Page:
Internet-Draft I-D update January 2024
Levine Expires 3 August 2024 [Page]
Network Working Group
2026 (if approved)
Intended Status:
Best Current Practice
J. Levine
Standcore LLC

Update to the use of Internet-Drafts in the Internet Standards Process


This memo updates the way that Internet-Drafts are used in the Internet Standards Process.

Rather than expiring, Internet-Drafts are marked Active or Inactive. Also, the rules for referencing Internet-Drafts in other documents are clarified.

Status of This Memo

This Internet-Draft is submitted in full conformance with the provisions of BCP 78 and BCP 79.

Internet-Drafts are working documents of the Internet Engineering Task Force (IETF). Note that other groups may also distribute working documents as Internet-Drafts. The list of current Internet-Drafts is at

Internet-Drafts are draft documents valid for a maximum of six months and may be updated, replaced, or obsoleted by other documents at any time. It is inappropriate to use Internet-Drafts as reference material or to cite them other than as "work in progress."

This Internet-Draft will expire on 3 August 2024.

Table of Contents

1. Introduction

Section 2 of [RFC2026] describes the way that Internet-Drafts are used in the standards process. It says that after six months, an I-D "is simply removed from the Internet-Drafts directory." It also says in a highlighted box "Under no circumstances should an Internet-Draft be referenced by any paper, report, or Request-for-Proposal." In practice, neither of those have turned out to be true.

This memo creates an Active flag to indicate whether an I-D is currently active. It also updates the advice about referencing I-Ds to reflect existing practice.

This memo does not use RFC2119 keywords because it's not about technical interoperation.

[[ please remove this section before publication ]]

The mailing list would be a good place to argue about this draft.

2. Active and Inactive Drafts

Drafts will no longer expire, and instead are marked Active or Inactive to indicate whether the authors are still likely to be working on them.

2.1. How Drafts Expire Now

When the xmlrfc version of an I-D is rendered into text, HTML, or PDF, the headings in the rendered version include an an "Expired:" line with a date six months after the date that the I-D was rendered. The "Status of This Memo" boilerplate states that the draft is valid for a maximum of six months, and "It is inappropriate to use Internet-Drafts as reference material or other than 'work in progress'".

Currently, the IETF stores in the IETF's Datatracker indefinitely. If more than six months have passed since the I-D was submitted and the I-D has not been superseded, the Datatracker shows an orange warning box saying "This Internet-Draft is no longer active" but still contains the same links to display the I-D. The rsync server at contains one collection "internet-drafts" with currently active I-Ds, i.e., ones that are less than six months old and have not been superseded, and another collection "id-archive" which contains drafts as far back as 1992.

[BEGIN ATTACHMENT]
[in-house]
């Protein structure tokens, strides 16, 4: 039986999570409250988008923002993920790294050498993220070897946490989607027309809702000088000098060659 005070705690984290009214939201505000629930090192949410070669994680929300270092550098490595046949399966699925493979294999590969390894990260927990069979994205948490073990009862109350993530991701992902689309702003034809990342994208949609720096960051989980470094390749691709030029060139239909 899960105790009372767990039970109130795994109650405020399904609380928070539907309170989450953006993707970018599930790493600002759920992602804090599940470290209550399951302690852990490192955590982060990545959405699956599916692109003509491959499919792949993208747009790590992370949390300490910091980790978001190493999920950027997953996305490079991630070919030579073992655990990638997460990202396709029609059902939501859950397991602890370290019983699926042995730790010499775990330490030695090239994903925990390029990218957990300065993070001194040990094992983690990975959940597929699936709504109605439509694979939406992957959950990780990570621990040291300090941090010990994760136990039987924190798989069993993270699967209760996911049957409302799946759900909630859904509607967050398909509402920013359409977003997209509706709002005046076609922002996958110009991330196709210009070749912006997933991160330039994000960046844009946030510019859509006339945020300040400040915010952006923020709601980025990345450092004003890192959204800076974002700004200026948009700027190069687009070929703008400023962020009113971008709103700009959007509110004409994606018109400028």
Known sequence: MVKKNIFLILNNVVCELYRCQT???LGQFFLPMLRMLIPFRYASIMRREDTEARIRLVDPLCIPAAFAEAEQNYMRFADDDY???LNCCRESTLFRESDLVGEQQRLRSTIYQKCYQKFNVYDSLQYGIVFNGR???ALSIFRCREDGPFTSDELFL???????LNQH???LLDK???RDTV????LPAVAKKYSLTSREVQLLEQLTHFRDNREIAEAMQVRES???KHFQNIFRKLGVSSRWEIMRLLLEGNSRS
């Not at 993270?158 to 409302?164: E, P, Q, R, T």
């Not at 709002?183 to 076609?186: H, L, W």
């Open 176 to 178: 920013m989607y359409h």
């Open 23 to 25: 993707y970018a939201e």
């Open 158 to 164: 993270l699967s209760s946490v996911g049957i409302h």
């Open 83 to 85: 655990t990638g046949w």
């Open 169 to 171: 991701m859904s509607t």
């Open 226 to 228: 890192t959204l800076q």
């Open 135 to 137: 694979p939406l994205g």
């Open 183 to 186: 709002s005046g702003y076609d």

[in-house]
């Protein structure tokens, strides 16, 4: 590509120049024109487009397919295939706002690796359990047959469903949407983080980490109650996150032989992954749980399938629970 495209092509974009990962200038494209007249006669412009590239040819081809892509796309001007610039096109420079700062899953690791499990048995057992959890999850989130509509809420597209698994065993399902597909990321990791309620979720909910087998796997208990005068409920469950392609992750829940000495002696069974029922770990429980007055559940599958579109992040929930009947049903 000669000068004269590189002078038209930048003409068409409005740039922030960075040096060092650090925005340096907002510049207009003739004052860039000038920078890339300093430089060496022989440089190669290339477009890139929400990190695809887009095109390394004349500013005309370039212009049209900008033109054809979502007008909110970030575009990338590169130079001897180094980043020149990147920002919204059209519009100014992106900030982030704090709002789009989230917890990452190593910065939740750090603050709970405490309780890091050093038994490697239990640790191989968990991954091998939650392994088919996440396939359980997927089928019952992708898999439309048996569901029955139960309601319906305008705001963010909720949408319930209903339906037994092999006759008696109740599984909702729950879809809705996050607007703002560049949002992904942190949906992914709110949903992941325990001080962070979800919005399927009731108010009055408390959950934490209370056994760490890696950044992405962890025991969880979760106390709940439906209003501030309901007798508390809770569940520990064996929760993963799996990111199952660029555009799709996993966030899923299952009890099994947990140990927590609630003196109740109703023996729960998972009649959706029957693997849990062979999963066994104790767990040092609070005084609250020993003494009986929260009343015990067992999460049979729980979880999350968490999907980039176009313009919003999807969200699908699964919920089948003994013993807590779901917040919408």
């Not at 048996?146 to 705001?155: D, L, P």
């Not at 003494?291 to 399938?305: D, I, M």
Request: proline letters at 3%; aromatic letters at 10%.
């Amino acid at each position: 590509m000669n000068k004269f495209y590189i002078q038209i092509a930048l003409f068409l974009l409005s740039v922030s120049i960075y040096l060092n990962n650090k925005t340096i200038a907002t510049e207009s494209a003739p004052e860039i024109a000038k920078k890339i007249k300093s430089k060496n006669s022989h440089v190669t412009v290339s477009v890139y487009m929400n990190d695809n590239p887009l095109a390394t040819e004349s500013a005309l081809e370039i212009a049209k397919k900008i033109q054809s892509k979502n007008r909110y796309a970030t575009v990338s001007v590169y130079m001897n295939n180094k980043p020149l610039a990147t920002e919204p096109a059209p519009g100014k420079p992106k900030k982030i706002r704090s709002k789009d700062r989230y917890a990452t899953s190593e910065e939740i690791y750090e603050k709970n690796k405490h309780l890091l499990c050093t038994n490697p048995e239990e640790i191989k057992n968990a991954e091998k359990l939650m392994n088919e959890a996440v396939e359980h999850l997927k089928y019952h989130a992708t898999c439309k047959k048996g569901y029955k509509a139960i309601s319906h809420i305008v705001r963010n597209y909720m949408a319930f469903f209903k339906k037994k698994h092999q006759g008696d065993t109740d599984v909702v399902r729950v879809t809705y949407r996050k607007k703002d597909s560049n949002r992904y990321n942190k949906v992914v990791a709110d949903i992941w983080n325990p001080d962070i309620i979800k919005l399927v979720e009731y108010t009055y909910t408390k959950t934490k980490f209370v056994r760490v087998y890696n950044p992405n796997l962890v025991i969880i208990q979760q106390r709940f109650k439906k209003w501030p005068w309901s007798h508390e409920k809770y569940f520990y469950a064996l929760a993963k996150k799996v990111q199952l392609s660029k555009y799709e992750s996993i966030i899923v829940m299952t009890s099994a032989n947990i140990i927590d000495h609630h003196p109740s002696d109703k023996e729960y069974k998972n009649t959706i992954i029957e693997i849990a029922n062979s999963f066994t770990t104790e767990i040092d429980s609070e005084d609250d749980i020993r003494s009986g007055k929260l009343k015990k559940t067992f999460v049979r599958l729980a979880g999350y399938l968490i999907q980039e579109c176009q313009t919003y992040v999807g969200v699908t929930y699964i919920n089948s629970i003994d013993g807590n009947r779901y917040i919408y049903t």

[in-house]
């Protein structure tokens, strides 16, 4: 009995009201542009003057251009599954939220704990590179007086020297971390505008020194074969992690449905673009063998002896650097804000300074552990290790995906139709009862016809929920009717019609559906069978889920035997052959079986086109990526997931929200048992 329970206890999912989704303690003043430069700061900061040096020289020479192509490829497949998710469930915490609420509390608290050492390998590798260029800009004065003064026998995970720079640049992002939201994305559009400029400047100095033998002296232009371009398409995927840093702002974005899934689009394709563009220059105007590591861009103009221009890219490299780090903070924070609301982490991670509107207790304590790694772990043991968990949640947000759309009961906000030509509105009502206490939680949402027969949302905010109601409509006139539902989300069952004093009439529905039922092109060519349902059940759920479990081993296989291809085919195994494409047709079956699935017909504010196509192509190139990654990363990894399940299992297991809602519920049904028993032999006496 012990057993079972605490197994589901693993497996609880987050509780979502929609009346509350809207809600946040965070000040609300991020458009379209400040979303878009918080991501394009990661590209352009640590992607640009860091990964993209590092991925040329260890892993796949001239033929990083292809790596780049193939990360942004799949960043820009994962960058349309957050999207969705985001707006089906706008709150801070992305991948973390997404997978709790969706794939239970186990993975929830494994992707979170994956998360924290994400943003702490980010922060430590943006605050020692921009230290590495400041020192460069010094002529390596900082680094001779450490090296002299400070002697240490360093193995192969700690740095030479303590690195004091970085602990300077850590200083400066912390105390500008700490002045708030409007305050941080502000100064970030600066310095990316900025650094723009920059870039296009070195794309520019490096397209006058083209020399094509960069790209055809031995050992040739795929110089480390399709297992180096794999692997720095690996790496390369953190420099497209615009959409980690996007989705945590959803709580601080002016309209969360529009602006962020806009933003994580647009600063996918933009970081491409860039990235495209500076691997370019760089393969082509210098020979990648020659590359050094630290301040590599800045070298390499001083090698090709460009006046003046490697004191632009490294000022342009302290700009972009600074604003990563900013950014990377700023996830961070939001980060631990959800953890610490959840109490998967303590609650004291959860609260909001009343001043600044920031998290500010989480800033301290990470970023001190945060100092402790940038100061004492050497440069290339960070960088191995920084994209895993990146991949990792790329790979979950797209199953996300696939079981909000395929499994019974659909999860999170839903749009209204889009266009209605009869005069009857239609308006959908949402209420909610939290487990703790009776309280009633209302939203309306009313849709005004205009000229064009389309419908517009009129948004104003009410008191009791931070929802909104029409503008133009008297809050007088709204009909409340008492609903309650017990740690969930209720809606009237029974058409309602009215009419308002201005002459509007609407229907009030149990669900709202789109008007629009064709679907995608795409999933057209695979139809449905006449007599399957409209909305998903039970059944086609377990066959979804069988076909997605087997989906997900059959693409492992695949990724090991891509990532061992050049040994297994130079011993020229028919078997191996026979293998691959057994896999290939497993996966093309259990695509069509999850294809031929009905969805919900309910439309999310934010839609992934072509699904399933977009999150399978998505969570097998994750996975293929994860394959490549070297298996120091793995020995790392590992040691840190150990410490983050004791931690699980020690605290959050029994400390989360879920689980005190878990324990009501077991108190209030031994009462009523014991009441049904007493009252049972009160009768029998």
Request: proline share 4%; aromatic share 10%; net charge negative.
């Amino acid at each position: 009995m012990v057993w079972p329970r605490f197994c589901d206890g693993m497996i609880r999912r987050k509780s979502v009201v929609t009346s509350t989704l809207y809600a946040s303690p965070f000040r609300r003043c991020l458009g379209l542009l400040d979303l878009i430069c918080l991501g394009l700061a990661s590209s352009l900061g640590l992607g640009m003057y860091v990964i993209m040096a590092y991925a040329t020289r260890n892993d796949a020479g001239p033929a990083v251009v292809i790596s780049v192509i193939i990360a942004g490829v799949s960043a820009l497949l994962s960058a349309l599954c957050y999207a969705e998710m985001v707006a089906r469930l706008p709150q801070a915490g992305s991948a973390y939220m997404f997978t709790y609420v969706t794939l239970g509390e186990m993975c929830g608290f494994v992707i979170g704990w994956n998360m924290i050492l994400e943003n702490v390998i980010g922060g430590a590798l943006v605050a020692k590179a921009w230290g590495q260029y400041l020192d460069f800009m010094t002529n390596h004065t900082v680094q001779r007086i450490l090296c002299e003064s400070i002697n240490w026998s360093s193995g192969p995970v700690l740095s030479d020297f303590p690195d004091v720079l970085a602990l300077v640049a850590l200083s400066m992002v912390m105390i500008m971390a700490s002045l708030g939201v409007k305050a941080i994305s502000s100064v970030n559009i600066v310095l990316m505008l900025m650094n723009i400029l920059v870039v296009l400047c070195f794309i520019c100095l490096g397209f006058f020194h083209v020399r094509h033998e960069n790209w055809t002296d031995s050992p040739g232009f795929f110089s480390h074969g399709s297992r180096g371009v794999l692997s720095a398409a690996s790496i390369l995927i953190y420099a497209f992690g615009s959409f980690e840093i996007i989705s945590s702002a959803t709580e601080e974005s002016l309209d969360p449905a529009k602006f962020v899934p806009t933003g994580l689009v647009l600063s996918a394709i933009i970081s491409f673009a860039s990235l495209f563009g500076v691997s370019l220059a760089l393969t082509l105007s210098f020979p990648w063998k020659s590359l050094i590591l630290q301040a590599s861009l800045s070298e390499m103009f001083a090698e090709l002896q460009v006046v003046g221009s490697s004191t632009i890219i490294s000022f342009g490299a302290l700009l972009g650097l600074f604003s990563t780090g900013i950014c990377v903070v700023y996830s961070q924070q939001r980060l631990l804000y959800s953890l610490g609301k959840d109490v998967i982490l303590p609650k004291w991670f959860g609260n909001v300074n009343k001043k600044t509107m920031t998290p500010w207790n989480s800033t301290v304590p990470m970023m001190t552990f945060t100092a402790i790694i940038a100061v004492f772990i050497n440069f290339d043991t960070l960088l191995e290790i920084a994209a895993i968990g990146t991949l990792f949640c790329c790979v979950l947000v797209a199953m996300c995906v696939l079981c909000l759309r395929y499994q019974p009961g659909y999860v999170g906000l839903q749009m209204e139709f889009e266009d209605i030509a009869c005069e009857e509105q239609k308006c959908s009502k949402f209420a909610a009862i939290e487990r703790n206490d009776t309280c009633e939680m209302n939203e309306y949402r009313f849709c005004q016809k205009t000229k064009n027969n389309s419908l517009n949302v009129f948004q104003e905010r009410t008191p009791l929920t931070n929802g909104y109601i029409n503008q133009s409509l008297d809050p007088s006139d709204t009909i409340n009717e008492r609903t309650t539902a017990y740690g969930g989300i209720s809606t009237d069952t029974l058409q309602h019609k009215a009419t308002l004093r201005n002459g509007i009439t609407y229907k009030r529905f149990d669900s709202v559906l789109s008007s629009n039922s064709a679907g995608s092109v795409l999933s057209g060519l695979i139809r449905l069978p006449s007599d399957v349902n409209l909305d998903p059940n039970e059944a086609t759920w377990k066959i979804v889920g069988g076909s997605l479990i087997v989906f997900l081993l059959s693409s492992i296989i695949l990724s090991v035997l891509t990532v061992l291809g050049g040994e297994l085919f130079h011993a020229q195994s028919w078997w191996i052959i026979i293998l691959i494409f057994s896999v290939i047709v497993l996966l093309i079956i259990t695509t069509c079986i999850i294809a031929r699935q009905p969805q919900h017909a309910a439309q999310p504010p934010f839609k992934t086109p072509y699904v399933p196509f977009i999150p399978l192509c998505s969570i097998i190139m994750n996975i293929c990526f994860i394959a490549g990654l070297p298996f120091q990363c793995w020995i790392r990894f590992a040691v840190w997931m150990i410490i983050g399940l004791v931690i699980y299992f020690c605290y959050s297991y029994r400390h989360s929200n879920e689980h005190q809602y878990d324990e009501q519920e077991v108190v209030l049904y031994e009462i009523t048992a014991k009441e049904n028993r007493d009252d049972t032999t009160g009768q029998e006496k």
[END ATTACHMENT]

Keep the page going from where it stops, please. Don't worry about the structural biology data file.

Once an I-D has expired, the only way to get it out of expired status is to submit a new version of the I-D, which may be identical other than the version number.

2.2. Making Drafts Active or Inactive

Internet-Drafts will no longer have an expiration date. When a draft is submitted, it is marked Active. The IESG may set the details of when drafts subsequently become Inactive or Active, but here are some suggestions:

If a draft is superseded, it becomes Inactive.

After a draft has been Active for six months and is not adopted by a working group or the analogous state in other streams, it becomes Inactive.

Authors of a draft that is Inactive but not superseded can make it Active again and the six month timer restarts. There is no limit to how many times a draft can be marked Active. It would be nice to send a courtesy notification when a draft is about to become Inactive so the author can restart the timer.

2.3. Draft changes

The XML and rendered copies of drafts continue to have the date that the draft was submiteed, but no expiration date. If technically feasible, e.g., in HTML, it would be nice if there were a way to query and display the Active/Inactive status and history of the draft, perhaps by clicking a button in the boilerplate.

3. Referencing an Internet-Draft

In some cases it is acceptable to use an Internet-Draft as a reference in another document.

Internet-Drafts can reference other I-Ds without limit. (Drafts in a cluster reference each other with the expectation that the references will change to RFCs when published.) RFCs can use Internet-Drafts as informative references but not as normative ones.

4. Changes to the boilerplate text

The "Status of This Memo" boilerplate inserted into rendered versions of Internet-Drafts will be changed to reflect the changes in Section 2 and Section 3. The new text is:


5. Security considerations

This memo only changes some details of the Internet Standards editorial process and should have no effect on the security of the Internet.

6. Informative References

Bradner, S., "The Internet Standards Process -- Revision 3", BCP 9, RFC 2026, DOI 10.17487/RFC2026, , <>.

Author's Address

John Levine
Standcore LLC